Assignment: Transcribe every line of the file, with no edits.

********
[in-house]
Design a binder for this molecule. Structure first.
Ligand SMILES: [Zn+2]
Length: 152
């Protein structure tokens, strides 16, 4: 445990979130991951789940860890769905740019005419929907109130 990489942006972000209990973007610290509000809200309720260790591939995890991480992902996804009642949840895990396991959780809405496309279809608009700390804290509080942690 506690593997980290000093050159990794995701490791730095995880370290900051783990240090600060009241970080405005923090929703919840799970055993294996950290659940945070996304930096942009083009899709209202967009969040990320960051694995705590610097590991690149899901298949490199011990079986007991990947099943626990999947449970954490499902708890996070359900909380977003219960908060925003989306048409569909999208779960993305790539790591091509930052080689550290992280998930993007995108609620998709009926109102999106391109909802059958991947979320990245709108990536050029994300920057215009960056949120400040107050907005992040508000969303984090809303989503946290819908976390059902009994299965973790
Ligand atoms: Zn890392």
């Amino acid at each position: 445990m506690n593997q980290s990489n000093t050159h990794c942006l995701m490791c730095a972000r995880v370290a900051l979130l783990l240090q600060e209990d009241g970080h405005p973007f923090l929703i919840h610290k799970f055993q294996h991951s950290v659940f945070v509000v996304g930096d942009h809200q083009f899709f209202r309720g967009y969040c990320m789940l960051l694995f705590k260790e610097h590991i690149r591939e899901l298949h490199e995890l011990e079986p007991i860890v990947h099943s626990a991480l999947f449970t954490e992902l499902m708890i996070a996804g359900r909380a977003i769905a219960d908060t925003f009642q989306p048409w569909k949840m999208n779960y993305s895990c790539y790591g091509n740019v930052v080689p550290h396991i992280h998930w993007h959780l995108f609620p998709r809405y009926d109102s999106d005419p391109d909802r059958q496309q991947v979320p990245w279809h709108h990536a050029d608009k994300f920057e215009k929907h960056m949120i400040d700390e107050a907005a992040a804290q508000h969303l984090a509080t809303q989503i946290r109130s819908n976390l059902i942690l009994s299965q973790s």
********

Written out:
[in-house]
Design a binder for this molecule. Structure first.
Ligand SMILES: [Zn+2]
Length: 152
């Protein structure tokens, strides 16, 4: 445990979130991951789940860890769905740019005419929907109130 990489942006972000209990973007610290509000809200309720260790591939995890991480992902996804009642949840895990396991959780809405496309279809608009700390804290509080942690 506690593997980290000093050159990794995701490791730095995880370290900051783990240090600060009241970080405005923090929703919840799970055993294996950290659940945070996304930096942009083009899709209202967009969040990320960051694995705590610097590991690149899901298949490199011990079986007991990947099943626990999947449970954490499902708890996070359900909380977003219960908060925003989306048409569909999208779960993305790539790591091509930052080689550290992280998930993007995108609620998709009926109102999106391109909802059958991947979320990245709108990536050029994300920057215009960056949120400040107050907005992040508000969303984090809303989503946290819908976390059902009994299965973790
Ligand atoms: Zn890392």
């Amino acid at each position: 445990m506690n593997q980290s990489n000093t050159h990794c942006l995701m490791c730095a972000r995880v370290a900051l979130l783990l240090q600060e209990d009241g970080h405005p973007f923090l929703i919840h610290k799970f055993q294996h991951s950290v659940f945070v509000v996304g930096d942009h809200q083009f899709f209202r309720g967009y969040c990320m789940l960051l694995f705590k260790e610097h590991i690149r591939e899901l298949h490199e995890l011990e079986p007991i860890v990947h099943s626990a991480l999947f449970t954490e992902l499902m708890i996070a996804g359900r909380a977003i769905a219960d908060t925003f009642q989306p048409w569909k949840m999208n779960y993305s895990c790539y790591g091509n740019v930052v080689p550290h396991i992280h998930w993007h959780l995108f609620p998709r809405y009926d109102s999106d005419p391109d909802r059958q496309q991947v979320p990245w279809h709108h990536a050029d608009k994300f920057e215009k929907h960056m949120i400040d700390e107050a907005a992040a804290q508000h969303l984090a509080t809303q989503i946290r109130s819908n976390l059902i942690l009994s299965q973790s």